The River Within Reviews
The River Within has a very relatable story of a young man who has graduated Law School moves home to his small town for the summer to study for his upcoming bar examination. He reconnects with old friends. When he encounters David, played by Craig Morris, a local small church minister, his life changes forever! He accepts a part time job as youth director for this small church. Davie reconnects with Paul, played by Craig Luttrell, a should have been actor who have returned from LA and Layla, played by Jaclyn Friedlaner, an old friend. Layla just happens to have had a childhood crush on Jason and it reignites with them reconnecting. This sends her engagement plans into a frenzy. David, as the youth minister, gets to know students personally and learns of their personal struggles. During this time, Jason discovers he has a passion that he didn‚(TM)t know existed within him.
As Jason says in this movie,‚? I believe that God is always at work in the world around us.‚?The River Within explores the idea that each of our lives has a purpose! The story is an uplifting story of struggle and triumph.
The movie was was filmed in Northeast Arkansas in the summer of 2008. You will be able to see true natural beauty and historical building while this touching story is acted out.
I would highly recommend this movie to everyone!!
The message challenges the church to be more transparent and attentive to those within their sphere of influence (which I found to be very relevant), and it is delivered in such a way that both convicts and uplifts the viewer.
Definitely worth the watch- especially if you are looking for something that is family friendly.
The most admirable thing about "The River Within" is that, unlike most films of its kind, "TRW" truly captures the essence of a small town and the lives of the people in it. Being from Small Town, USA, myself and others become really critical of how films portray the people and locale, and "TRW" does a fine job of that. It's realistic and unbiased in its portrayal of the lives of these people.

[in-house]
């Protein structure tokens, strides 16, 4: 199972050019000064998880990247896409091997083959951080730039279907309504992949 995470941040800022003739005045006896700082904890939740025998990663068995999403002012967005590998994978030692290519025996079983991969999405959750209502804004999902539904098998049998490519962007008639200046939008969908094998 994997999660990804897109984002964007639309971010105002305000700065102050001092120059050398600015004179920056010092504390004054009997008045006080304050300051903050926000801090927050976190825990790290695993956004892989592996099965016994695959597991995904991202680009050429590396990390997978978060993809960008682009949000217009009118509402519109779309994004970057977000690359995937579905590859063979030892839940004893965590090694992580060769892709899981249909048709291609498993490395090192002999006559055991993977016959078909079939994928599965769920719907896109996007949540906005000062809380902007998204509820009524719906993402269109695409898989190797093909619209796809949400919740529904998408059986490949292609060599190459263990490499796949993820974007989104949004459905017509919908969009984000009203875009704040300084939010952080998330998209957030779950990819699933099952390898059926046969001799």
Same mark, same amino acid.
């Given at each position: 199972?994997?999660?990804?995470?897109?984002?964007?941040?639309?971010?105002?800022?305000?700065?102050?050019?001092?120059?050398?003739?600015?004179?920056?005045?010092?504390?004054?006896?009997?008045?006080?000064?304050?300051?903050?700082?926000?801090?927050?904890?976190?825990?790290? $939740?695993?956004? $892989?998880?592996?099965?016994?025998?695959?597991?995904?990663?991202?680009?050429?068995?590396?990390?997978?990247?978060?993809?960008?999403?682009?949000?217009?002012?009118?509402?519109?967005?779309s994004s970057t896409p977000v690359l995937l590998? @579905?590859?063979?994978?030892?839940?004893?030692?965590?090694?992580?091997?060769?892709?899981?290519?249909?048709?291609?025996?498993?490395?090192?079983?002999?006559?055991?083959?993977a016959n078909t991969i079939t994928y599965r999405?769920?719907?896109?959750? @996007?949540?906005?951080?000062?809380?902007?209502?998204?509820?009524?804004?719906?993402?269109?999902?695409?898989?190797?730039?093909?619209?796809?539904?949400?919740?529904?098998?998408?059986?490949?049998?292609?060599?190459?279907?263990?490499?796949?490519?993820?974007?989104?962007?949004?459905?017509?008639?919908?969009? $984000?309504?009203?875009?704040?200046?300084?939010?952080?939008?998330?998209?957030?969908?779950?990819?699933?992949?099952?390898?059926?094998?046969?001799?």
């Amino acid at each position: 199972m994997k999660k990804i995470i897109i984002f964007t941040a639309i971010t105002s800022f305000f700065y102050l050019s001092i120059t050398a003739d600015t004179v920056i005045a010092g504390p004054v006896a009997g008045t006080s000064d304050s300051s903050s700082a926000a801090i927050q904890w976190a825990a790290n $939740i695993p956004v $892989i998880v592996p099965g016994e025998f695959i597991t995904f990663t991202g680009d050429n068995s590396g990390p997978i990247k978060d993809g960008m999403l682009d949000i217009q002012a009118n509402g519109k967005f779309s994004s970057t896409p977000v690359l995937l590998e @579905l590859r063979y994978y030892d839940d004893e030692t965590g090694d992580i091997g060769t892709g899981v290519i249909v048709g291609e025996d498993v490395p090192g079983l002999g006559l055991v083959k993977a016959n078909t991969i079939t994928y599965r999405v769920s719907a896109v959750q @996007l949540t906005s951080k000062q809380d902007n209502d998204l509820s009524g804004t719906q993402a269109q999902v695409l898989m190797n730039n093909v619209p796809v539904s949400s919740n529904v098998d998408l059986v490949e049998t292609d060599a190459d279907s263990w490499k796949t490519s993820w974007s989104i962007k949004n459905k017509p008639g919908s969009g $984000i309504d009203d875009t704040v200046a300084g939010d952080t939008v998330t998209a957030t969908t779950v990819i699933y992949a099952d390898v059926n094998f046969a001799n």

The characters, most especially Paul and David, are solid. While watching the film, it's easiest to connect with these two and their different problems.That's another thing that's admirable about "TRW;" the problems are relatable to most everyone, whether you grew up in a rural, urban, or suburban community. Everyone knows someone who's dealt with the loss of a family member, or an unplanned pregnancy, or an oppressive parent, or small-town or church politics getting in the way, or regretting never following their dreams.
David, the church pastor, is a good man, but he's not infallible. He's real, he has complications, and he's blind to them. I'm sure plenty of actual church pastors are much like him and find themselves in those situations sometimes. The actor, Craig Morris, fills the David role perfectly. The other truly great character, Paul, has is own set of issues that are revealed in time, and the way actor Craig Luttrell hints at the problems before they finally surface is very good. This is better noticed on a second viewing. Genre limitations aren't as prevalent in "TRW," and I think that's what makes these characters better than their counterparts.
The film is beautifully directed by first-time-director, Zac Heath, and nearly all of the acting is spot on. It has its shortcomings here and there, but for the small budget and genre limitations, the film is among the best of its kind. It brings to mind tiny films like "Paranormal Activity," "El Mariachi," and "The Blair Witch Project." Not that "The River Within" is like any of those films subjectively, it's just that they all have that really-good-for-the-budget feel, and they're landmarks in their genres. "TRW" feels like it could be the beginning of a genre transformation.
Overall, the film has a great story, events, and characters. It's nice to see a tiny film be so engrossing and effective.